Ten years have passed since Reporters Without Borders and Agence France-Presse correspondent Deyda Hydara was shot dead in Banjul on his way home from The Point, the newspaper he helped to found – ten years in which his murderers have not been brought to justice or even identified.
A few days before his death, he had the courage to criticize laws restricting media freedom that were being adopted by the Gambian government, whose president, Yahya Jammeh, has said he plans to rule for “a billion years.”
Paris, 12 December 2014
President of the Republic of The Gambia
Private Mail Bag
Banjul, The Gambia
Subject: Reporters Without Borders calls for an end to impunity for the murderers of Deyda Hydara
We are nearing the tenth anniversary of the death of Deyda Hydra. This eminent Gambian journalist and correspondent for Reporters Without Borders and the Agence France Presse, was cravenly murdered on 16 December 2004. I write to urge you to put an end to 10 long years of impunity.
On 10 June 2014, the Court of Justice of the Economic Community of West African States declared the Republic of The Gambia guilty of having violated provisions of the African Charter on Human and Peoples’ Rights as well as of the Revised Treaty of ECOWAS. The Gambia is a party to both agreements.
The Court further ruled that the Gambian government has failed to meet its obligations in not conducting a thorough investigation of the murder of Mr. Hydra. In addition, the Court found your government guilty of having contributed to his death in tolerating and causing a climate of impunity in the country.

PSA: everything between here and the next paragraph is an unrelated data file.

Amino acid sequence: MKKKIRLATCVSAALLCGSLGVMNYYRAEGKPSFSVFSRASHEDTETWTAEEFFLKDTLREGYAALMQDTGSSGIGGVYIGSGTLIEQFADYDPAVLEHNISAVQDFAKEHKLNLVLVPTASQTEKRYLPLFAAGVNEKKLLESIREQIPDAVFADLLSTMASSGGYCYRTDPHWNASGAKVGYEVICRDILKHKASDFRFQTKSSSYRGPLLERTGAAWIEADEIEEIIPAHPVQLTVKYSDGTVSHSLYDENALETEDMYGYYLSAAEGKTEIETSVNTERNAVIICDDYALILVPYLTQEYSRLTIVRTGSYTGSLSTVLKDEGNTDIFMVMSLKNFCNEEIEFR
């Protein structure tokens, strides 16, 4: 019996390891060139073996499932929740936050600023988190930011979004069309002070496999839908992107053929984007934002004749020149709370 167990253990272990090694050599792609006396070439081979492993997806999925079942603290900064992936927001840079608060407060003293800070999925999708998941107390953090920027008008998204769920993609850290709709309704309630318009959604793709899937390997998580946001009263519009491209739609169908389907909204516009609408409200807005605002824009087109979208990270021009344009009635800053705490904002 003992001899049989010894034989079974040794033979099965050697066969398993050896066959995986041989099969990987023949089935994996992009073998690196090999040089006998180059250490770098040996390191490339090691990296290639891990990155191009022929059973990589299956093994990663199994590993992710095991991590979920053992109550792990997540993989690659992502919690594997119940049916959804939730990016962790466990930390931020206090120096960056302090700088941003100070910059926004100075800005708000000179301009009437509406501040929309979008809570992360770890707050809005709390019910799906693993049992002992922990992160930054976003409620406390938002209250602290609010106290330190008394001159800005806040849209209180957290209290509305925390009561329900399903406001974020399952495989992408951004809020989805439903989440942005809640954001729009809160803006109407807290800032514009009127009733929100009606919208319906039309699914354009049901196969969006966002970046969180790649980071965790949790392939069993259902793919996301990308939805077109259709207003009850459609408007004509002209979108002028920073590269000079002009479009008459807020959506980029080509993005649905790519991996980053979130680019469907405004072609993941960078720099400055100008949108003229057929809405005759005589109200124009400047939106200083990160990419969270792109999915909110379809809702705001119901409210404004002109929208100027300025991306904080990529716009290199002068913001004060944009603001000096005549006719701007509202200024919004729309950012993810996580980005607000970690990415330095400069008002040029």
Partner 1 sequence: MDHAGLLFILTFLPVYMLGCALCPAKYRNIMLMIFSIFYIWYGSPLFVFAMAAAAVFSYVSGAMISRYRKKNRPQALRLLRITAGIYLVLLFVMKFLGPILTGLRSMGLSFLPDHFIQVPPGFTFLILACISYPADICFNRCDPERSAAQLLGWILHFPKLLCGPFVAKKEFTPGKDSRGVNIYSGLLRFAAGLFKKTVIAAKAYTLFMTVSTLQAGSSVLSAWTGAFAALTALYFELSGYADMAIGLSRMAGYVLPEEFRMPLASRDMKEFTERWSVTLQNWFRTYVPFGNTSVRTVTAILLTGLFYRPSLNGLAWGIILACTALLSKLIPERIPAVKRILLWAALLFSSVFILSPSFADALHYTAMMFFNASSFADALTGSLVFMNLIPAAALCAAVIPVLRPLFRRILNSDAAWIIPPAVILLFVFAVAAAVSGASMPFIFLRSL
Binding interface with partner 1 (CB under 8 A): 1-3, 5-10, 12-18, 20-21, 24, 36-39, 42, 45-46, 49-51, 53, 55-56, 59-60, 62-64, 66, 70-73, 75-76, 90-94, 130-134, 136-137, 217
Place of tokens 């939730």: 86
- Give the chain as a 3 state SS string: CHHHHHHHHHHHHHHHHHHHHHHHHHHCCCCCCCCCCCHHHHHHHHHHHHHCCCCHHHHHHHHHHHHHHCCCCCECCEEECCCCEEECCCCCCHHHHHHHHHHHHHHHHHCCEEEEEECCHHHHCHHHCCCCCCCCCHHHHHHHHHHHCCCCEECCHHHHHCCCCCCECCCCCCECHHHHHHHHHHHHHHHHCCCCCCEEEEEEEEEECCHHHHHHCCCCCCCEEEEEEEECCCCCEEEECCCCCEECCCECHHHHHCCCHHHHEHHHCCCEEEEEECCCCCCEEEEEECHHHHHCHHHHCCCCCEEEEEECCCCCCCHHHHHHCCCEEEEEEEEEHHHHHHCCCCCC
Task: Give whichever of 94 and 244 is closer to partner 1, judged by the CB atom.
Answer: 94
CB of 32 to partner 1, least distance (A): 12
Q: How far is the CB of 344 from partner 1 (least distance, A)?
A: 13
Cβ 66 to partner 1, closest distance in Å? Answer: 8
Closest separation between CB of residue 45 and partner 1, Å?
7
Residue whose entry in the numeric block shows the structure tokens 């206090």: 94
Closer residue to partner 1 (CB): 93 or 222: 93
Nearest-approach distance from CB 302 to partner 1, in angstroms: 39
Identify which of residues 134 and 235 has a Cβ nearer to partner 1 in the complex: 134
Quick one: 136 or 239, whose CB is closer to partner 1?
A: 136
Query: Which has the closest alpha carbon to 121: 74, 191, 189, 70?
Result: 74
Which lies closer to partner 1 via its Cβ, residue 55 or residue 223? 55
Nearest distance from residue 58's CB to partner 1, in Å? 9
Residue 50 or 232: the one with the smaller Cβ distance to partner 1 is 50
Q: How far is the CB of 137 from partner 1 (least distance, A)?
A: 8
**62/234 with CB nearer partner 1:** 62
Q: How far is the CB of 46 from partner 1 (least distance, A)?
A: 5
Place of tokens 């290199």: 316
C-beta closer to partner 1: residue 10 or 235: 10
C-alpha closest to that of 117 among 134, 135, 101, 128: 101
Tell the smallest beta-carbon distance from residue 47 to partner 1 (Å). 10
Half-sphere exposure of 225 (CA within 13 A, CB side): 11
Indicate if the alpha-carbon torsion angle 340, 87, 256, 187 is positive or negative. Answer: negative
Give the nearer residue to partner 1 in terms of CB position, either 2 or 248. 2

Many member countries of the international community subsequently demanded enforcement of the Court judgement and the establishment of a United Nations mission of enquiry. The Gambian delegation responded favourably, declaring that The Gambia would welcome a UN investigation on Gambian territory. But, to date, UN investigators have not been able to enter the country.
“Anyone who wants to live in peace and freedom will be to live by toil, demonstration of high levels of discipline and tolerance for one another.” This is not a proverb, Mr. President, but a direct quote from you.
We ask you today to practice what you preach, and to respect the obligations that your country has accepted in accordance with the international agreements to which it is a signatory.
The investigation into the terrible crime of Deyda Hydara’s murder must be reopened so that impunity and arbitrariness cease to be the standard operating procedure of the Gambian government. Mr. Hydara’s family must see justice done.
Secretary-General Reporters Without Borders